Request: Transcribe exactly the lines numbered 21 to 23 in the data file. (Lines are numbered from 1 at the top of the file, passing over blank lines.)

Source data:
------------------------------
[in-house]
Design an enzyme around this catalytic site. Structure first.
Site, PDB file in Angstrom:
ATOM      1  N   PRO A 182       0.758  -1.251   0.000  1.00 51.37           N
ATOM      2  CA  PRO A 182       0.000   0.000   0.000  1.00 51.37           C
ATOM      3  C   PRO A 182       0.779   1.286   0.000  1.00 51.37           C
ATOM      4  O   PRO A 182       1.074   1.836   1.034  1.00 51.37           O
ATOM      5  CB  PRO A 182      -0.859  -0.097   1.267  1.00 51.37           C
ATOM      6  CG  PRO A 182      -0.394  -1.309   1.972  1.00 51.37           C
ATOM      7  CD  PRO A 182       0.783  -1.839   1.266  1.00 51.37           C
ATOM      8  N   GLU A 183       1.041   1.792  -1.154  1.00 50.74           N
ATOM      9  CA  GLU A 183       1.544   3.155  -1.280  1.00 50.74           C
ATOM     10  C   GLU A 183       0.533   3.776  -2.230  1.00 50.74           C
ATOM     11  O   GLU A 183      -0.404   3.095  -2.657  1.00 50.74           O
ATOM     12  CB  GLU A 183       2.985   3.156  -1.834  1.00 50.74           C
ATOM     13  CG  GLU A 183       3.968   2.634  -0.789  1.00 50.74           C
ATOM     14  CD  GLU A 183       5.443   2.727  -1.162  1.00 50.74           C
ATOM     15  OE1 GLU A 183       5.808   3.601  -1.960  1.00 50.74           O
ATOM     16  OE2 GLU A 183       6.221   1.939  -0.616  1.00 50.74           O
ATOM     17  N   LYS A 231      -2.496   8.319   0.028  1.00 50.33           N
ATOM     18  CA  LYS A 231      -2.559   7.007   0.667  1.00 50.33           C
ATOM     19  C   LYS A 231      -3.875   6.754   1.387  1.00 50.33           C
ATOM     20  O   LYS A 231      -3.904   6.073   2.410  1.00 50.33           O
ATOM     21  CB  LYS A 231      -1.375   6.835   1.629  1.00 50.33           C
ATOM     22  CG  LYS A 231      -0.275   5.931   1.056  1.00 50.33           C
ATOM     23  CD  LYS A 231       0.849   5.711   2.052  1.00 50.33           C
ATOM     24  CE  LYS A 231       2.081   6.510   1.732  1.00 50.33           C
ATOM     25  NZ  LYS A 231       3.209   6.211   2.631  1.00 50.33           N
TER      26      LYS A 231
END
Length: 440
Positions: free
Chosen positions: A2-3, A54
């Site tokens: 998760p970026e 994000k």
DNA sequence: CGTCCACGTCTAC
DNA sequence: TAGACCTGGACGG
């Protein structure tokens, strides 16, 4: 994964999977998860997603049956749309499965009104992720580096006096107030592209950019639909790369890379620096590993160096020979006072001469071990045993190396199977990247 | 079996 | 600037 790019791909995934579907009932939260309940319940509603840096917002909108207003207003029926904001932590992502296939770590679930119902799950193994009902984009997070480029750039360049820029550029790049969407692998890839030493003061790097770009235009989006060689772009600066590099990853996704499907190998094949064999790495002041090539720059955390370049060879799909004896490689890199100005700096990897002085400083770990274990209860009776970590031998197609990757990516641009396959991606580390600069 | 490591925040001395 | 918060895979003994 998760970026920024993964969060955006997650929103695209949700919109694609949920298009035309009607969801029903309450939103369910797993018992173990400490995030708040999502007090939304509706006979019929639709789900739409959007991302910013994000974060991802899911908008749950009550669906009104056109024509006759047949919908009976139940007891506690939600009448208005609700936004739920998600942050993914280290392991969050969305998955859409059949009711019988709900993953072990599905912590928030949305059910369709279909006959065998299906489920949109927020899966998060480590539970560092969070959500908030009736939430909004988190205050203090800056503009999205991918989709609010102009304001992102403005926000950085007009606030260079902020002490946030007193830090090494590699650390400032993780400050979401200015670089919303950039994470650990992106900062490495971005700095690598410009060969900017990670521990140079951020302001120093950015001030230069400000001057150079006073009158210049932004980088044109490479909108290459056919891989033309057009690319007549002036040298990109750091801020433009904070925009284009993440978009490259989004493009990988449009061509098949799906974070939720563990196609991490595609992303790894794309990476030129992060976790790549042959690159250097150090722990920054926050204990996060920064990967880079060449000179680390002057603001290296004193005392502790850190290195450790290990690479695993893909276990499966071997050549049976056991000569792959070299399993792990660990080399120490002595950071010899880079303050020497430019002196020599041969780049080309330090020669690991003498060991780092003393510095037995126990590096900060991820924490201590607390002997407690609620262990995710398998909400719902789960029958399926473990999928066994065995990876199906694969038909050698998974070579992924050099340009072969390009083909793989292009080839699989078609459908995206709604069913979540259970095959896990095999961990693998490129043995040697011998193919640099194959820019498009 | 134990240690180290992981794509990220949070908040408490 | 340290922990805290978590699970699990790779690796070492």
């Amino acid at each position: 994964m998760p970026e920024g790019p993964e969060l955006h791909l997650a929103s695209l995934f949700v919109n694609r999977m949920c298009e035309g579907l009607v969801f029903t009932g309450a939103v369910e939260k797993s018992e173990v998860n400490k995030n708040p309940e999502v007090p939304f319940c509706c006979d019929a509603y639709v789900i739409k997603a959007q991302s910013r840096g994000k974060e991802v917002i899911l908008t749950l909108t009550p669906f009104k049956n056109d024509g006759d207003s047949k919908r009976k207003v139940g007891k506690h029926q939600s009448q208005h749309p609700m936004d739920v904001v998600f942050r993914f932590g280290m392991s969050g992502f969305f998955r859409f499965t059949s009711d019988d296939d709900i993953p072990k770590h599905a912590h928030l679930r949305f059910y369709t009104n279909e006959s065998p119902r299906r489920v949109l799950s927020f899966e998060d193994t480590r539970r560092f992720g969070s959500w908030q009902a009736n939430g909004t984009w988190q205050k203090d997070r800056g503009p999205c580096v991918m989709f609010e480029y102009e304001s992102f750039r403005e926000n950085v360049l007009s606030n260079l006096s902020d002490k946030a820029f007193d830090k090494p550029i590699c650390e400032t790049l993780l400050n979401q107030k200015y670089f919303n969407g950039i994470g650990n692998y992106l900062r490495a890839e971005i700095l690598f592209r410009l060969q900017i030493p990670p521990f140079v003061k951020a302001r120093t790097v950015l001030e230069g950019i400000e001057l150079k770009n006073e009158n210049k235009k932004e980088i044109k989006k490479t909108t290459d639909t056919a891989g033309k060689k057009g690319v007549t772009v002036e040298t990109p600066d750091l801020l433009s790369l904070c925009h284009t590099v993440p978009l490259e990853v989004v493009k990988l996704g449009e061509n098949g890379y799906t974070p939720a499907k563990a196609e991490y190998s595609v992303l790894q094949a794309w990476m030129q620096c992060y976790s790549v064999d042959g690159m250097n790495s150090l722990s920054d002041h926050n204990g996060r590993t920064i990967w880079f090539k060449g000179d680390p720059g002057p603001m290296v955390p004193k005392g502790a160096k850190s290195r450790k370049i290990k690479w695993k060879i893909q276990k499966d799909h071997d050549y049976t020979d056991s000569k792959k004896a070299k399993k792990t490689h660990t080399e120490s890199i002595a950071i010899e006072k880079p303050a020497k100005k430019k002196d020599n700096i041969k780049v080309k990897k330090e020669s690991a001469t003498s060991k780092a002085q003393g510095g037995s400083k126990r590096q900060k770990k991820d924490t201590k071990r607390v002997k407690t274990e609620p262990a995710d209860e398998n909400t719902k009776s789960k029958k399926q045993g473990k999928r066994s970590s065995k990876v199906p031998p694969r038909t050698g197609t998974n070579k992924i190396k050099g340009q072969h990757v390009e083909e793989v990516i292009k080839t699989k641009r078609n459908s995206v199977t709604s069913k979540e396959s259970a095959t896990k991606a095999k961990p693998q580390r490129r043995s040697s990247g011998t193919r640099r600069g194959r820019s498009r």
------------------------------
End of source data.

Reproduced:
ATOM     18  CA  LYS A 231      -2.559   7.007   0.667  1.00 50.33           C
ATOM     19  C   LYS A 231      -3.875   6.754   1.387  1.00 50.33           C
ATOM     20  O   LYS A 231      -3.904   6.073   2.410  1.00 50.33           O